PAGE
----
According to Dwayne, “A lot of people in the fitness industry don’t take it as seriously as I do. I’m not that obsessive-compulsive person who has this strict diet and strict workout. I’m more of a regular person who’s trying to become healthier and feel better. Exercise needs to be like brushing your teeth; it’s not all the time. You think about it when you do it, and then forget about it until you do it again. Work hard at it when you are doing it and let your body rest between workouts.

You won’t find most of the stuff that I talk about in fitness magazines. I train the whole body every time we work out, and we do it at most three times a week. Most people do it only one or two times a week, and they get great results without doing much else.”

We spoke with Dwayne to get to the bottom of how he brings his unique value proposition together with some good content marketing practices to support a thriving personal training practice.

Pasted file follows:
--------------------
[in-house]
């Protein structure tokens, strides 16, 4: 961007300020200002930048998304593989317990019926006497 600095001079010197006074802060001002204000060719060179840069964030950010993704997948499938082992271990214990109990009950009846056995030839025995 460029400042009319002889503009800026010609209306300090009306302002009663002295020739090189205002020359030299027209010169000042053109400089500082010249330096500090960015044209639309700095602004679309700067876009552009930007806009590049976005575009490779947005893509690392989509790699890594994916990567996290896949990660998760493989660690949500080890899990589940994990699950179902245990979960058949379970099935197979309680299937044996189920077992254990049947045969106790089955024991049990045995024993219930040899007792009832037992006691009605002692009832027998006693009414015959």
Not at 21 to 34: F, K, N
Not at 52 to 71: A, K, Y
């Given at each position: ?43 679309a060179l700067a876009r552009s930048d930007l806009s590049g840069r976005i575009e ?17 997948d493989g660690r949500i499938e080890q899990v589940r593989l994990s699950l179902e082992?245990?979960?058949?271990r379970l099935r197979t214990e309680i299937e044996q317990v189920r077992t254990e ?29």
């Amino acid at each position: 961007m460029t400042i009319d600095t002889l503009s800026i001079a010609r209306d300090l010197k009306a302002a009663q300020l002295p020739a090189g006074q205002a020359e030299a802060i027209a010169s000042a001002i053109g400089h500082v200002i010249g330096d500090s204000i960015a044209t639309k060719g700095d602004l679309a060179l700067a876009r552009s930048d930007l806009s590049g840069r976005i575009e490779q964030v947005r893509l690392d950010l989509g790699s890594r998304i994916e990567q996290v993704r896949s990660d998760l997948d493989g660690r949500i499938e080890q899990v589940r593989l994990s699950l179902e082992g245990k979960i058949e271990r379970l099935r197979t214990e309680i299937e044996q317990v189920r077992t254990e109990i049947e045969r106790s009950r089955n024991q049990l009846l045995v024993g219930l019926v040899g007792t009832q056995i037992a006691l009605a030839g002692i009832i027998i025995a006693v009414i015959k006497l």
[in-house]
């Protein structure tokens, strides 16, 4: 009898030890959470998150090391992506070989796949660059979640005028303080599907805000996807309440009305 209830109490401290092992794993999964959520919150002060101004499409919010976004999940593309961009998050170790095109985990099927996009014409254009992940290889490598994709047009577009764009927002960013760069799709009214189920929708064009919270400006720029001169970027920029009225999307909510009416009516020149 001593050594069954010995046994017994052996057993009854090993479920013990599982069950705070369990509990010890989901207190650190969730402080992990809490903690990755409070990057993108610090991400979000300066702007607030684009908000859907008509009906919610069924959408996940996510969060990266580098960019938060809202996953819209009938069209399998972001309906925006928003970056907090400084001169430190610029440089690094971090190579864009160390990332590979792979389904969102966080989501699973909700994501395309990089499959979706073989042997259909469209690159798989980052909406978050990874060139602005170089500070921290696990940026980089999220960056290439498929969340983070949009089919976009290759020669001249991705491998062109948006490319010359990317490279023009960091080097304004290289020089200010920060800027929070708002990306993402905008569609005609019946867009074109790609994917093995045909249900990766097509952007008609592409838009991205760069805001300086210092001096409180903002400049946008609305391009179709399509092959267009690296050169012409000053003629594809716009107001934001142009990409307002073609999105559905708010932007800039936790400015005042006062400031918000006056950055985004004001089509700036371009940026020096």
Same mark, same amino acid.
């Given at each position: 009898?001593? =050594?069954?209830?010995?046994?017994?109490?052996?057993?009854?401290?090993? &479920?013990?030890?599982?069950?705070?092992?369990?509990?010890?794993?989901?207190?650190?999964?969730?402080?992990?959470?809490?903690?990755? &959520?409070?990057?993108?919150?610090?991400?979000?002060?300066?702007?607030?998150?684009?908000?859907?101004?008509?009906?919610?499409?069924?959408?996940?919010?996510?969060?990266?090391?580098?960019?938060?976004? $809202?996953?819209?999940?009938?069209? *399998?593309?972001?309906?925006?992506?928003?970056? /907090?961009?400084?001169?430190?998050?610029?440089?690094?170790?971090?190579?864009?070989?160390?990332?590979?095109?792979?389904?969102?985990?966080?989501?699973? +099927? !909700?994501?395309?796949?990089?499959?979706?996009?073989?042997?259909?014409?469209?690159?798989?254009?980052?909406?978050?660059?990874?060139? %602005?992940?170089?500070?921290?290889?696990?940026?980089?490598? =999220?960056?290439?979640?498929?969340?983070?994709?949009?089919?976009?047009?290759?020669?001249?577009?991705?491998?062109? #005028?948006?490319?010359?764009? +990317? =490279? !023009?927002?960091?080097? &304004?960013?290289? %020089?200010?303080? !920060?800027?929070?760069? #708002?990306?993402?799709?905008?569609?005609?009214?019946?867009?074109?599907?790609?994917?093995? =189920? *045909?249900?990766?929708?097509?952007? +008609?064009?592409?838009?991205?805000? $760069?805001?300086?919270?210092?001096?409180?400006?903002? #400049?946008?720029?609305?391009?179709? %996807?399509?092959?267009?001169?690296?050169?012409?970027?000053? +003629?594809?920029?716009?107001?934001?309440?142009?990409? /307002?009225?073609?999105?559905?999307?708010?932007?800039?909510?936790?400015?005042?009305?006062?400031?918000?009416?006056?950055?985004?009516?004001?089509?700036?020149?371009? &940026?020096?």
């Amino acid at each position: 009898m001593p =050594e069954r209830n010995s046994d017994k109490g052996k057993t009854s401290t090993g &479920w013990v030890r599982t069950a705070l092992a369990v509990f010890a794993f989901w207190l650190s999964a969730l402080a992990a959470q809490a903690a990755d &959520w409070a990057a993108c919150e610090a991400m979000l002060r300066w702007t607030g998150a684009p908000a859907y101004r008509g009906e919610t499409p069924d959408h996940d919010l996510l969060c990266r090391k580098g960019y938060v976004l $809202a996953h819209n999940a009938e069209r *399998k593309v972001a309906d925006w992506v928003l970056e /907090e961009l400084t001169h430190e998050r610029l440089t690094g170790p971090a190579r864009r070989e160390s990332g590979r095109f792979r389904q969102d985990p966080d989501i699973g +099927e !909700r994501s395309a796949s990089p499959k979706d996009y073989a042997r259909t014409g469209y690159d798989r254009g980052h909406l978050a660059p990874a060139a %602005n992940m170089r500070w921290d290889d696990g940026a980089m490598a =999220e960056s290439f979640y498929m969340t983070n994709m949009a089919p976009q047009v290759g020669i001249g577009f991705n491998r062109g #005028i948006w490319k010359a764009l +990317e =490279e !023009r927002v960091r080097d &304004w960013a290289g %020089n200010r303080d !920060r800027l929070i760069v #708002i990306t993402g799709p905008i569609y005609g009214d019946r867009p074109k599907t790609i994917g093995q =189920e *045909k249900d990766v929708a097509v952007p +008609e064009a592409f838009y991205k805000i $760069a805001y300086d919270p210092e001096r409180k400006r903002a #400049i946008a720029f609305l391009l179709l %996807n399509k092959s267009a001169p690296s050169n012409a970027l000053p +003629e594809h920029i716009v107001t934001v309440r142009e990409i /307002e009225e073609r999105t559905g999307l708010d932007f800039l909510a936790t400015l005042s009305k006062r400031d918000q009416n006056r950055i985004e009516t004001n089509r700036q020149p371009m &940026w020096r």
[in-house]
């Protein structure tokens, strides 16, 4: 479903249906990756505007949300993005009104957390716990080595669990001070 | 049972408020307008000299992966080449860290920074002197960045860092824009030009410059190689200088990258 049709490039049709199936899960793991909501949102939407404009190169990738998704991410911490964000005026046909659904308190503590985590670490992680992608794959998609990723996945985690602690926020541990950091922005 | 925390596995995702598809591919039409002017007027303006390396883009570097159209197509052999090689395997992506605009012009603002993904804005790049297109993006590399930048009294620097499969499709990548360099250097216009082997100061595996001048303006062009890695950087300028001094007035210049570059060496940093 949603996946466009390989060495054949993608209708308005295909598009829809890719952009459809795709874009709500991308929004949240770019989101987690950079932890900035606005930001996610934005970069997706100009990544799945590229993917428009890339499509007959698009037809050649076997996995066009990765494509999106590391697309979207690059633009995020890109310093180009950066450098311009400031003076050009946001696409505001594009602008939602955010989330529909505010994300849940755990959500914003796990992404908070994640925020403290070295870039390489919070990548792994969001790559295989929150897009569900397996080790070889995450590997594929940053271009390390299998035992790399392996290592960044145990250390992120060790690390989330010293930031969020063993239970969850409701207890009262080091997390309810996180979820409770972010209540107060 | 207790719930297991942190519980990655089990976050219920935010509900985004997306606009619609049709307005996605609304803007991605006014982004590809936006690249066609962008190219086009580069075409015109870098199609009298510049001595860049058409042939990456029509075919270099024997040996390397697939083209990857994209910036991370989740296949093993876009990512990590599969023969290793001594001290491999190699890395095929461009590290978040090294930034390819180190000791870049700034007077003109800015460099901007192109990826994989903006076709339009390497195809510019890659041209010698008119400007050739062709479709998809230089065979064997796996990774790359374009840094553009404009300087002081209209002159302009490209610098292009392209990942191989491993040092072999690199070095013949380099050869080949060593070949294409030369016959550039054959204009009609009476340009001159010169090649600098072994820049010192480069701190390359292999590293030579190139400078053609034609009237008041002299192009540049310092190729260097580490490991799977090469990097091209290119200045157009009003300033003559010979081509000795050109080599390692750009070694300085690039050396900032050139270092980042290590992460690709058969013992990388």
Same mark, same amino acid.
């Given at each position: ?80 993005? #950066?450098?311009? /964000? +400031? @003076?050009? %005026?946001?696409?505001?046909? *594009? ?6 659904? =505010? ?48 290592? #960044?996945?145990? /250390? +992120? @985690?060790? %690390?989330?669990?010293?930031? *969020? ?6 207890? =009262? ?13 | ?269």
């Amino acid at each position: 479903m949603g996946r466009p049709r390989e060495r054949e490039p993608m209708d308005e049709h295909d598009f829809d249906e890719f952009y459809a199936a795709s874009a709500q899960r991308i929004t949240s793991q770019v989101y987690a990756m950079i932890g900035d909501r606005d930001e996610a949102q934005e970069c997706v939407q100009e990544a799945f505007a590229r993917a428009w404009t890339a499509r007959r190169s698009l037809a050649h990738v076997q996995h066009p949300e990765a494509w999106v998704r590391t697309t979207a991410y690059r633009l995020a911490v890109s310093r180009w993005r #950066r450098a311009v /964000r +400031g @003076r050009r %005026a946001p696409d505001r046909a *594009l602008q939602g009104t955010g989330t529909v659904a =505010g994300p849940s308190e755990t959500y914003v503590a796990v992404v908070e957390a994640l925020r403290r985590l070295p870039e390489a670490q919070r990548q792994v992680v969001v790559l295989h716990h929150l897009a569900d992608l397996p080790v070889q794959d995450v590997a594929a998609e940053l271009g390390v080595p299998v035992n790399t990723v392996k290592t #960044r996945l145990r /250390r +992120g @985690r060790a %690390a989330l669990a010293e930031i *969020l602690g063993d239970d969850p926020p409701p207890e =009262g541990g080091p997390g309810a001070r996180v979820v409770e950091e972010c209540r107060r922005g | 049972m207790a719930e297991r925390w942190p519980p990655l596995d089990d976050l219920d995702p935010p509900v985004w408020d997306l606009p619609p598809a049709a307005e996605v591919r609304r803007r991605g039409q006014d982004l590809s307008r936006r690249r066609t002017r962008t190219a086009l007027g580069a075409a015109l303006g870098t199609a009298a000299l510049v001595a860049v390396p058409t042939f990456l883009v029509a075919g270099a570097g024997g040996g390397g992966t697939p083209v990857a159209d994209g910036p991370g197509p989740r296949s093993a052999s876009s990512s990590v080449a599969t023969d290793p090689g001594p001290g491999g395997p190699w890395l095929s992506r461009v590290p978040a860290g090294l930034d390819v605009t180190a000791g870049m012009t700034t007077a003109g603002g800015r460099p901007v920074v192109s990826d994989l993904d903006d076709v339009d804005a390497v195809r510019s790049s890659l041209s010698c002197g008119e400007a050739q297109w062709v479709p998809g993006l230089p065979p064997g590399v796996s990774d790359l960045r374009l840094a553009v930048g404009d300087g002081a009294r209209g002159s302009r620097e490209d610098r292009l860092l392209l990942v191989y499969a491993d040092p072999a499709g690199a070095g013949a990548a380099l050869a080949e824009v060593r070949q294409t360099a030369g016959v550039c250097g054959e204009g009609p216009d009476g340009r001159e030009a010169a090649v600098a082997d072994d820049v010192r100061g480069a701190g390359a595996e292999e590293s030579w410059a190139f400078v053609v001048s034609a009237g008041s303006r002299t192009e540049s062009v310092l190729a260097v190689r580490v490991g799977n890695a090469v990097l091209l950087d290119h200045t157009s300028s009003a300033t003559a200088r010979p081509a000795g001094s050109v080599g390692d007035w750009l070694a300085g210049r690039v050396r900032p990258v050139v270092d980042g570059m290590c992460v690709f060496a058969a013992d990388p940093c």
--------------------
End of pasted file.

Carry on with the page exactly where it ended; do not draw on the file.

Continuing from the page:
Leveraging LinkedIn for Online Engagement

Dwayne: “Basically, my LinkedIn strategy is to connect myself with as many other like-minded professionals as I can, people in the fitness industry that are interested when I post something. When I post, I’m just posting a snippet with a link back to my website. When I post things on LinkedIn, I post it through HootSuite, which also cross-posts to all of the various groups that I’m in, as well as my personal page and business page. So, anybody that’s following me or is in these groups sees these posts.”

Monique: “What’s the automated way that you’re getting comments, or is it engagements or reads, through LinkedIn?”

Dwayne: “All of the above. I can see on LinkedIn how many people have clicked on it, and I can see and manage any comments there.”

Monique: “Do you have the Premium LinkedIn service?”